Wednesday, October 28, 2009

SCOTUS Justice Clarence Thomas at the Law School

U.S. Supreme Court Justice Clarence Thomas came to the law school to speak the other day. He lead two sessions: one in the morning geared towards the 1Ls, and one in the afternoon for everyone else. I couldn't make the afternoon lecture, so I sneaked into the 1L session and listened in. He mainly did questions and answers, which I thought was semi-risky for such an important public figure. I guess because he's not a politician, and because he's experienced at doing this, he has more latitude to speak off-the-cuff.

Here are some quotes I wrote down:

  • CT: First year [of law school] was clear as cement!
  • CT: You'd think I was in a concentration camp or something and I had to find a way to fill my time -- law school.
  • CT: In the 18 years I've been there [on SCOTUS] I've yet to hear an unkind word in our conferences.
  • Q: How many hours a day do you work?
  • A: Less than 24 hours a day.
  • CT: I don't like excerpts because people have agendas when they excerpt cases. (Kinda true, right? I've never thought about it. Our books are filled with excerpts from cases mixed with explanation from the authors, but now that I think about it, you can't really present part of a case without showing some bias. It's like piecing together quotes -- you can get them to mean whatever you want.)
  • Q: What do you think the future of affirmative action is?
  • A: It'll always be on shaky ground because of the 14th Amendment.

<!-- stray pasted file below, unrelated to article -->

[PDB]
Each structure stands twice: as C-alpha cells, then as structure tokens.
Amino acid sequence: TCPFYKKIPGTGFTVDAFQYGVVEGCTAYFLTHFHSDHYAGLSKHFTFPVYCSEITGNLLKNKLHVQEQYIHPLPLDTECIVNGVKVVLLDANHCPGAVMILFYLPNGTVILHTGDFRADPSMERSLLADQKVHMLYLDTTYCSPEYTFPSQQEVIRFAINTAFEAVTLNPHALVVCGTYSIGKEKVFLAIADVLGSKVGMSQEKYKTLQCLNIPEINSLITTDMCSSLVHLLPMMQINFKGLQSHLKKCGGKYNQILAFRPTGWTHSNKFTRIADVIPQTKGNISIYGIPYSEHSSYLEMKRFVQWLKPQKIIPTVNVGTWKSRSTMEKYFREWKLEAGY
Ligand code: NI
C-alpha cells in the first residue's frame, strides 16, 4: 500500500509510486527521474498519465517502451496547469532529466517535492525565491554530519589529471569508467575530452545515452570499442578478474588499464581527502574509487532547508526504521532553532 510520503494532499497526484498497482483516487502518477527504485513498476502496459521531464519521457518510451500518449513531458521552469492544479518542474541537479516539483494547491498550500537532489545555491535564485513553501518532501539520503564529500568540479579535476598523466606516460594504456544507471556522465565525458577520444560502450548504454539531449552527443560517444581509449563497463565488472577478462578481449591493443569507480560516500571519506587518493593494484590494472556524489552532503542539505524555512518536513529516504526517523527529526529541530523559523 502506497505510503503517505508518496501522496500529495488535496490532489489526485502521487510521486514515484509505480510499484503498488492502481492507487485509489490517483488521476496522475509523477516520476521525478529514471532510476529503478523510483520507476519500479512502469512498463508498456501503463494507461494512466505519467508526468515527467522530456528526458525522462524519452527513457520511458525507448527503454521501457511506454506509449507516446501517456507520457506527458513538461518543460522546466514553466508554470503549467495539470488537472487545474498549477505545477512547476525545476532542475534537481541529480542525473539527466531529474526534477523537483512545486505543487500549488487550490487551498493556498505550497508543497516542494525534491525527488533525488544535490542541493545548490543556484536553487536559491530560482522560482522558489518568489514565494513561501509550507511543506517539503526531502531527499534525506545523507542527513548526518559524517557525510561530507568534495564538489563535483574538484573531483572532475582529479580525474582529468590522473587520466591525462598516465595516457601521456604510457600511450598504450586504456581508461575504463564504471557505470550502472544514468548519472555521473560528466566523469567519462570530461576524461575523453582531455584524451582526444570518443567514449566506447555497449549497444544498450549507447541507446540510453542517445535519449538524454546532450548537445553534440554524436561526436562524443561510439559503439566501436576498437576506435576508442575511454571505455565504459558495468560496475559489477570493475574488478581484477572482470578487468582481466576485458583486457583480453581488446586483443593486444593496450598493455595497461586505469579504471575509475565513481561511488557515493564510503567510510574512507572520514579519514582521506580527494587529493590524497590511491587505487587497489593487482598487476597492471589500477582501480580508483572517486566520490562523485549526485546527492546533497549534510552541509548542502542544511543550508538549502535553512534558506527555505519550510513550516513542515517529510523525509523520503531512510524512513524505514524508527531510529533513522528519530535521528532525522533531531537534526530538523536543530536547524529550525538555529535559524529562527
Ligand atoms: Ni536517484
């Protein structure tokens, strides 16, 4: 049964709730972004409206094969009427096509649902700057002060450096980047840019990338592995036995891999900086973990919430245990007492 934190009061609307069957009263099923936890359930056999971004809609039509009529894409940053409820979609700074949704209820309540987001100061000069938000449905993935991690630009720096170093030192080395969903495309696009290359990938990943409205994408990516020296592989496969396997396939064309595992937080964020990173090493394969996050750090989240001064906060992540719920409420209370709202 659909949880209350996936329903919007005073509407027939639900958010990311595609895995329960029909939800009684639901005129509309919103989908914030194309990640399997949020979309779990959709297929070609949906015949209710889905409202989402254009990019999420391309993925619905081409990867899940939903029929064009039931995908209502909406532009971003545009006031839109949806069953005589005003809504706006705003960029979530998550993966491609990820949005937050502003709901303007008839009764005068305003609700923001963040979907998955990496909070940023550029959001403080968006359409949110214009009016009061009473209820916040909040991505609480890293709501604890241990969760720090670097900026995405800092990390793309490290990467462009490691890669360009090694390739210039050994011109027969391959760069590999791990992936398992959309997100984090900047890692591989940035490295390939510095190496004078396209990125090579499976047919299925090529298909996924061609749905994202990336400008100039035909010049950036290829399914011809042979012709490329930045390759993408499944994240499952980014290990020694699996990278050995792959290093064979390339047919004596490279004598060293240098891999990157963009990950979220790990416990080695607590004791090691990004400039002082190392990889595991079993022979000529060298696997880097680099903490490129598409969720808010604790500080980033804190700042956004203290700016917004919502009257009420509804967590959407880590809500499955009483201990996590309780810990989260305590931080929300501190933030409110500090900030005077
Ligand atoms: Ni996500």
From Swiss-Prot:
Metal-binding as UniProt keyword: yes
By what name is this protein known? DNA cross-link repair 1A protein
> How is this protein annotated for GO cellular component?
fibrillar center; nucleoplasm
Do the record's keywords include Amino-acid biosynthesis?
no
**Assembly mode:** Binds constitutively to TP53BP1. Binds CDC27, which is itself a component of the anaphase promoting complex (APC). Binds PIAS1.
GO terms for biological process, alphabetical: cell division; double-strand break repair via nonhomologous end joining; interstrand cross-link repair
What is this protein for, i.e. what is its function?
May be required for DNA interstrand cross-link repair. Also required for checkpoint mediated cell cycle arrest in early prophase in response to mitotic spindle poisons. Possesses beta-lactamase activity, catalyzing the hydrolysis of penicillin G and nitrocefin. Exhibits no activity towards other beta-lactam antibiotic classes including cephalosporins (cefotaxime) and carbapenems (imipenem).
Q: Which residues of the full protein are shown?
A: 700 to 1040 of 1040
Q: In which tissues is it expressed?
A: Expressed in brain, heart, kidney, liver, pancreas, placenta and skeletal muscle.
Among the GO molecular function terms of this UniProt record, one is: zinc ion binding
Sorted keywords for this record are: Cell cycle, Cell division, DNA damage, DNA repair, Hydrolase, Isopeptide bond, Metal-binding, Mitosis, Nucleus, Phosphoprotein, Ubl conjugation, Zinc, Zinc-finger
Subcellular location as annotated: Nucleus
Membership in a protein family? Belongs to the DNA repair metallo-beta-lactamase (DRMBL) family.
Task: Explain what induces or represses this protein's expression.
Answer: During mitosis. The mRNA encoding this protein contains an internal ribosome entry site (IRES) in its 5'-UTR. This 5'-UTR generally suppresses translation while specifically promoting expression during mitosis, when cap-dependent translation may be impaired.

• CT: [Totally nonchalantly]: One thing lead to another, and I ended up on the Supreme Court.
Here's the question I asked: It seems like, the more I learn, the more I become aware of how much information there is out there that I don't know. That, coupled with the fact that law school has trained us how to argue both sides of cases, and it's made it harder for me to take a firm position on an issue. How do you decide when it's close, when both sides are persuasive?
  • CT: You just have to vote. You have to take a position. That part doesn't get any easier for some cases. Don't think we're any different from you in that sense.
That's been my main question in law school. How do I prepare myself to argue both sides of any issue, but keep some personal positions consistent? His answer wasn't the most satisfying, but it was practical.

  • Q: What do you think about the RIAA cases where damages for illegal downloads are outrageously high?
  • A: Hey, it's California, it's Hollywood. Who knows!
  • CT (jokingly): I'm off my medication, that's why things are so fascinating.
  • CT: I don't like politics. I like law, I like rules.
  • Q: What's been the biggest change in your life as a SCOTUS justice?
  • A: Well, people look at you everywhere you go. You start to feel sorry for the animals at the zoo!
He raised some good points about excerpts in casebooks that I'd never thought about. I'll continue to ask my question, because it's been the central quandary of law school for me (and growing up in general). But I did like his answer -- sometimes there are no answers that are satisfying and perfect. Sometimes you just have to make it work, Tim Gunn-style.


J said...

How awesome that he visited your law school. Good question too. That is the struggle of any lawyer, I think.

Anonymous said...

Sharon, not "lead," but led.

Eric Merrill said...

The issue of distortion is huge in casebooks. Sometimes its a symptom of bias. Sometimes the authors just miss a critical element of a decision and you're left with something less than convincing.

In addition to that, reading cases is a skill that must be learned. If all the "unimportant" bits are cut out, you'll never learn to identify that which is critical.

Thanks for the post.